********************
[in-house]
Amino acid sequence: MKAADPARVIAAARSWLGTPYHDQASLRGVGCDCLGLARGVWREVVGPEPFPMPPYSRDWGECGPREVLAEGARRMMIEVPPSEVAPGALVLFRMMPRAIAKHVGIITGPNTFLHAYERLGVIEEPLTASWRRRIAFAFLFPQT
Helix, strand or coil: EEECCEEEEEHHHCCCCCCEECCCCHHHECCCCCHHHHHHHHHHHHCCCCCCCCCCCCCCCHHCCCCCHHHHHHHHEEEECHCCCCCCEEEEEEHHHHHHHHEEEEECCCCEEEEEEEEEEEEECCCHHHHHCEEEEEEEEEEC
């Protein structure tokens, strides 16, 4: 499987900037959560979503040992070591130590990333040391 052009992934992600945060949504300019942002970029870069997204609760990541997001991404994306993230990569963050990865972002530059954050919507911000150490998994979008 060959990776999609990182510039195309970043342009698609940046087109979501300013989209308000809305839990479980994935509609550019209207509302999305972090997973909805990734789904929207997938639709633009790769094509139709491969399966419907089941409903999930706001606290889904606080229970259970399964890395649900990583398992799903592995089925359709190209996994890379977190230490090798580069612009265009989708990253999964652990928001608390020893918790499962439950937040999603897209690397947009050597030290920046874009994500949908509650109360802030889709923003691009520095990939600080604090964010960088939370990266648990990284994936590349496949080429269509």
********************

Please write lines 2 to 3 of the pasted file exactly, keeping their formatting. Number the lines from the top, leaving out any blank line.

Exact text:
Amino acid sequence: MKAADPARVIAAARSWLGTPYHDQASLRGVGCDCLGLARGVWREVVGPEPFPMPPYSRDWGECGPREVLAEGARRMMIEVPPSEVAPGALVLFRMMPRAIAKHVGIITGPNTFLHAYERLGVIEEPLTASWRRRIAFAFLFPQT
Helix, strand or coil: EEECCEEEEEHHHCCCCCCEECCCCHHHECCCCCHHHHHHHHHHHHCCCCCCCCCCCCCCCHHCCCCCHHHHHHHHEEEECHCCCCCCEEEEEEHHHHHHHHEEEEECCCCEEEEEEEEEEEEECCCHHHHHCEEEEEEEEEEC